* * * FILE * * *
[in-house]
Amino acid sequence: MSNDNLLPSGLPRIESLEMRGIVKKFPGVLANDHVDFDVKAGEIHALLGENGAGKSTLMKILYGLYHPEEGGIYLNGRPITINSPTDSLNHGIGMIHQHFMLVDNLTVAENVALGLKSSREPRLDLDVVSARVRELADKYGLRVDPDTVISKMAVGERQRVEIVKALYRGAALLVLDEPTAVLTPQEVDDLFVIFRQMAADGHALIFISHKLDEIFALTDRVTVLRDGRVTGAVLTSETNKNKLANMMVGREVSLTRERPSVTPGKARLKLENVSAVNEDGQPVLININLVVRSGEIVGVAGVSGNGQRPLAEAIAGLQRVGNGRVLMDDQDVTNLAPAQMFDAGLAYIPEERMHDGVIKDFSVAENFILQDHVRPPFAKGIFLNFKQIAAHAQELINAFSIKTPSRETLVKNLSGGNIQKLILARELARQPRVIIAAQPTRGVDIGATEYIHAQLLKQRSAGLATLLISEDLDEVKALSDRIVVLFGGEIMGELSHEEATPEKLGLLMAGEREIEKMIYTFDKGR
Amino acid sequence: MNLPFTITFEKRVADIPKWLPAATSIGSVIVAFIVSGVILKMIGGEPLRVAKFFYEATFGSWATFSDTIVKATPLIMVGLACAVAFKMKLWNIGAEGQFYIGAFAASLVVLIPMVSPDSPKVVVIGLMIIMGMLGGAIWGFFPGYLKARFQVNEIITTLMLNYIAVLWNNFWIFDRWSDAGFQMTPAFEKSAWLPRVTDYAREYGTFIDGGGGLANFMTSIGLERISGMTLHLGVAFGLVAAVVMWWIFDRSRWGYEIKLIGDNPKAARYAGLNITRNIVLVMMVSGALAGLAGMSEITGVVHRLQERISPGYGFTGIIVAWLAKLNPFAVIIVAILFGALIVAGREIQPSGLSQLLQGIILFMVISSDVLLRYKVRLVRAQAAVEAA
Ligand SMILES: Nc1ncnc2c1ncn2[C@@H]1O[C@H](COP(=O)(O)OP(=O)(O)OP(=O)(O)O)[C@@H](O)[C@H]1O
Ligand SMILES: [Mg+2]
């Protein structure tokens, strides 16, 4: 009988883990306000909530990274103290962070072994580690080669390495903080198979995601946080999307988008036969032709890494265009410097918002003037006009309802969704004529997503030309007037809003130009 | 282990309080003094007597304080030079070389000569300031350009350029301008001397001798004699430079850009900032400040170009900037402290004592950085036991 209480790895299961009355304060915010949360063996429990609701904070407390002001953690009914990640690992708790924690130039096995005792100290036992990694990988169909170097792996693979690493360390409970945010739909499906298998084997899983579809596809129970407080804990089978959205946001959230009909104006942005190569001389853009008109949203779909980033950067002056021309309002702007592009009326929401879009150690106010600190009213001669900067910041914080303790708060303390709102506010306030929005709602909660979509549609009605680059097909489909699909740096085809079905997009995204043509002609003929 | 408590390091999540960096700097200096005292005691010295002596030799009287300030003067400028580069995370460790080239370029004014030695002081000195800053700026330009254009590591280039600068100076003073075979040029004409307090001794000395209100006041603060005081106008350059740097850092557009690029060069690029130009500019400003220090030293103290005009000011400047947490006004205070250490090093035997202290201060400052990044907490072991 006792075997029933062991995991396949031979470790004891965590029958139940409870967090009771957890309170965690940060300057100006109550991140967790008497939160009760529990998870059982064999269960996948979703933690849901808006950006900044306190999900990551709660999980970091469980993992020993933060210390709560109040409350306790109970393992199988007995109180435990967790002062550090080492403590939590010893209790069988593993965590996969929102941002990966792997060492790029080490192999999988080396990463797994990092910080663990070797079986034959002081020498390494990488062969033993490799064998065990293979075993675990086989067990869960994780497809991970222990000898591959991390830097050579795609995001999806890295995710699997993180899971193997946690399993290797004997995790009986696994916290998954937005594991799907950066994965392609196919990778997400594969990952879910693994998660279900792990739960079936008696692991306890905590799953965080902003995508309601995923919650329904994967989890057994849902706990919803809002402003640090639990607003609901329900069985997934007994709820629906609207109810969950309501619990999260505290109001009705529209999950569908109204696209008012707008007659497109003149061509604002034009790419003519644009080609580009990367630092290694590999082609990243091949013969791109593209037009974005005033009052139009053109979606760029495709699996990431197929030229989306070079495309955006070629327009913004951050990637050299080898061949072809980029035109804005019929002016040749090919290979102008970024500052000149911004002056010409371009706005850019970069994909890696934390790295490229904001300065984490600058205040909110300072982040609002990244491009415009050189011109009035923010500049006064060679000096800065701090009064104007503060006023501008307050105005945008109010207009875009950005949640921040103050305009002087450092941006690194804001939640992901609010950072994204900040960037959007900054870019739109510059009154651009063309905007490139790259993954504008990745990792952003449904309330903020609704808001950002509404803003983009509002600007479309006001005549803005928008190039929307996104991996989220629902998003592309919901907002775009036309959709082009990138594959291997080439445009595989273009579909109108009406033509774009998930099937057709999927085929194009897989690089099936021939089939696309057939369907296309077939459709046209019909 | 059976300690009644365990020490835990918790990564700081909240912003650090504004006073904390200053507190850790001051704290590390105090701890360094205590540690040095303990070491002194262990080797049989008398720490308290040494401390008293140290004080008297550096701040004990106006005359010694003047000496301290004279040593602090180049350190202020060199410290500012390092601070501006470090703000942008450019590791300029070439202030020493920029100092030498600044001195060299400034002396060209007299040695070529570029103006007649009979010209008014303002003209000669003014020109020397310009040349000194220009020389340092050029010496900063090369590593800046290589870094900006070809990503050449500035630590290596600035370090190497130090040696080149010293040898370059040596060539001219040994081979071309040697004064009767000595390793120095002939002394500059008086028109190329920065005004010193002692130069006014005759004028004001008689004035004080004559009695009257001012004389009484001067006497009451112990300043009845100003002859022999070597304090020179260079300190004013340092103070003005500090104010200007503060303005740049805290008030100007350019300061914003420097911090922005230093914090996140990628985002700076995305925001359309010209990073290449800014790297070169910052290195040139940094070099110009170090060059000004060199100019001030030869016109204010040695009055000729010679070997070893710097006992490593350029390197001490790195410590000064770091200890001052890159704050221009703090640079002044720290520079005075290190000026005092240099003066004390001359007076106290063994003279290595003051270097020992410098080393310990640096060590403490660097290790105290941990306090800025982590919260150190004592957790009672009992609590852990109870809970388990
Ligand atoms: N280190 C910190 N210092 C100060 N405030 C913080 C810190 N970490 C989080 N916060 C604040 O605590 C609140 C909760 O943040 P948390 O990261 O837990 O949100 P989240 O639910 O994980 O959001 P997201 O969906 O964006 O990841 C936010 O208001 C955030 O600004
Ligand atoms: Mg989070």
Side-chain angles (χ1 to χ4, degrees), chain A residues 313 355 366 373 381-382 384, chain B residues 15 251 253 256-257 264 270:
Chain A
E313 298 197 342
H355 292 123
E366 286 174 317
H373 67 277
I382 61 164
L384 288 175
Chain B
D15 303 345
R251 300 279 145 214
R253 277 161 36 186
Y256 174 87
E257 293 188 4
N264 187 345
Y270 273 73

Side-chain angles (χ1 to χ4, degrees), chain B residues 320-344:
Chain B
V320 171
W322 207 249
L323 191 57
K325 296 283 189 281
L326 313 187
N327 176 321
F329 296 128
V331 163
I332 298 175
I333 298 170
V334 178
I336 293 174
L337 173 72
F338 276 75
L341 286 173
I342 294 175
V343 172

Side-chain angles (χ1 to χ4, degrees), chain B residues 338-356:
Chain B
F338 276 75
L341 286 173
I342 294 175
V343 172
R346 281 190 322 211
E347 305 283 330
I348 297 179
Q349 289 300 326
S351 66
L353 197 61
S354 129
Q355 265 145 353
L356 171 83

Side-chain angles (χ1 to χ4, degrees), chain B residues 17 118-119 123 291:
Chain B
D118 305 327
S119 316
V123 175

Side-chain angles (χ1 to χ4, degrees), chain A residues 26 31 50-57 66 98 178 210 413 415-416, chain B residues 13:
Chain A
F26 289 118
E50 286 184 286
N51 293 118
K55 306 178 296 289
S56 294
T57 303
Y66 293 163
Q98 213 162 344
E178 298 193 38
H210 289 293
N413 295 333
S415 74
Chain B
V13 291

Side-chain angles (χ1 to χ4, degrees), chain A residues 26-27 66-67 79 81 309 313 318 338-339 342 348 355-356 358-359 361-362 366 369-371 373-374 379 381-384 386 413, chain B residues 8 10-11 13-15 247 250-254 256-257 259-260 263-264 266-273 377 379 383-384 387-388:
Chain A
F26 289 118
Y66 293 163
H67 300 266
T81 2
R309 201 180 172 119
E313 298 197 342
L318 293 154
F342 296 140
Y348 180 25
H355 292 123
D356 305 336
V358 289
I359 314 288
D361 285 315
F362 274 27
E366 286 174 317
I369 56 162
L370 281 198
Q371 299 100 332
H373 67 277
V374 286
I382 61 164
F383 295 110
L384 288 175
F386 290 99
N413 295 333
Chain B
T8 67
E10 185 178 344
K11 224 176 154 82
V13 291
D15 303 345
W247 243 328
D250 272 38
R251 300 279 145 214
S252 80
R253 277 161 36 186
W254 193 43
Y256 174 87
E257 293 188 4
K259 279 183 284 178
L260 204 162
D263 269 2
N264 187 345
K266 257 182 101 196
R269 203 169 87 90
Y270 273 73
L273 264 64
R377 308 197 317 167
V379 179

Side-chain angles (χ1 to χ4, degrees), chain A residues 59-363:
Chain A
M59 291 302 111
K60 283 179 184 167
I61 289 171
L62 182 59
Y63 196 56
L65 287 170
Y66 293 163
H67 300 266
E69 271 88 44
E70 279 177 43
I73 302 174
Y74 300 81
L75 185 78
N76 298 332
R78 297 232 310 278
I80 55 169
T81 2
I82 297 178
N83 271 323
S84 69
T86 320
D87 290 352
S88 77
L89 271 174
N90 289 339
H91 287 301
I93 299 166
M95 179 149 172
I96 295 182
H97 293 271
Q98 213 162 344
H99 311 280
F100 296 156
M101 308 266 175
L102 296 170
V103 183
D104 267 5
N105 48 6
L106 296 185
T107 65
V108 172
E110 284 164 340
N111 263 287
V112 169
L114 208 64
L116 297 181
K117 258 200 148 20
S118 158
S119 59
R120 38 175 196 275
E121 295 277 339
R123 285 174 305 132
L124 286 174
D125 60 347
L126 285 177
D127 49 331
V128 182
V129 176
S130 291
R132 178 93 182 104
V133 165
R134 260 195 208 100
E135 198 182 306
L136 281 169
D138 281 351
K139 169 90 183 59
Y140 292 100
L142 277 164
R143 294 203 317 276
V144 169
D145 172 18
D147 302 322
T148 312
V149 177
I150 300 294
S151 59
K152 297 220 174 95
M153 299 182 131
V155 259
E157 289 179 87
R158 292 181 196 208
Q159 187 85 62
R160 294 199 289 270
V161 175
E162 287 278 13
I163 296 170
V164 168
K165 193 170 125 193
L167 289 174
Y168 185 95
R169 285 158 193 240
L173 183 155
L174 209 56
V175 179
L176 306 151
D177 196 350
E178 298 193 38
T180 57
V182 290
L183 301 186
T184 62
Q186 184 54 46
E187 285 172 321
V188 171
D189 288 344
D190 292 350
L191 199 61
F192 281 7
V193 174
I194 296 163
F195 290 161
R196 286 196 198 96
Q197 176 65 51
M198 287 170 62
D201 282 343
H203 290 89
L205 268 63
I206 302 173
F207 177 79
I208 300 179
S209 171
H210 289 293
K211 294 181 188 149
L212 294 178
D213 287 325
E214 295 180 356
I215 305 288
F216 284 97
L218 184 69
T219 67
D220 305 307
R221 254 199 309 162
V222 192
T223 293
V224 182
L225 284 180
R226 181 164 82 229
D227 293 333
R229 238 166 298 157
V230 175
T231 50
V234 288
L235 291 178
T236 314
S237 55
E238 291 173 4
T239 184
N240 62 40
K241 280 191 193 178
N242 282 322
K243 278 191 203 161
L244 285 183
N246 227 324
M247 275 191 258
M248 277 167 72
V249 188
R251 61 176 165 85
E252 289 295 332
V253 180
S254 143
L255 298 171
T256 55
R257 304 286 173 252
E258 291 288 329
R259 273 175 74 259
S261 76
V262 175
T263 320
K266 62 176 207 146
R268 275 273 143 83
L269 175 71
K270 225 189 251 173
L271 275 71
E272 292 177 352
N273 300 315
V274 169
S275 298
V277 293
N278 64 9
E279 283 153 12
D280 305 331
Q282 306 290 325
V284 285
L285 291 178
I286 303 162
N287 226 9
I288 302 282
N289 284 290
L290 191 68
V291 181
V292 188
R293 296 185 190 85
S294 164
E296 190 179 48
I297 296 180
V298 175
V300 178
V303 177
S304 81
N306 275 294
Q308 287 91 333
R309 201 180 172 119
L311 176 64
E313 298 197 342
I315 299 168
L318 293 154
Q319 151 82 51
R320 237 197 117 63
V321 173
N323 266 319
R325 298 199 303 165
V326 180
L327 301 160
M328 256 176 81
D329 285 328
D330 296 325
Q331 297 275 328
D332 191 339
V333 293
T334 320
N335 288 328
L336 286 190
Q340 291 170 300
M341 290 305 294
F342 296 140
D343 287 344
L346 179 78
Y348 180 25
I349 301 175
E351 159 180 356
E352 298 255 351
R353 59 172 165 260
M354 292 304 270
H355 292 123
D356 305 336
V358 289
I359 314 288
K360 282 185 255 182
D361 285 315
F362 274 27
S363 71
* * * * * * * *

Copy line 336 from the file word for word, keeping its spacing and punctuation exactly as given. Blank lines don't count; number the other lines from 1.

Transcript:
L311 176 64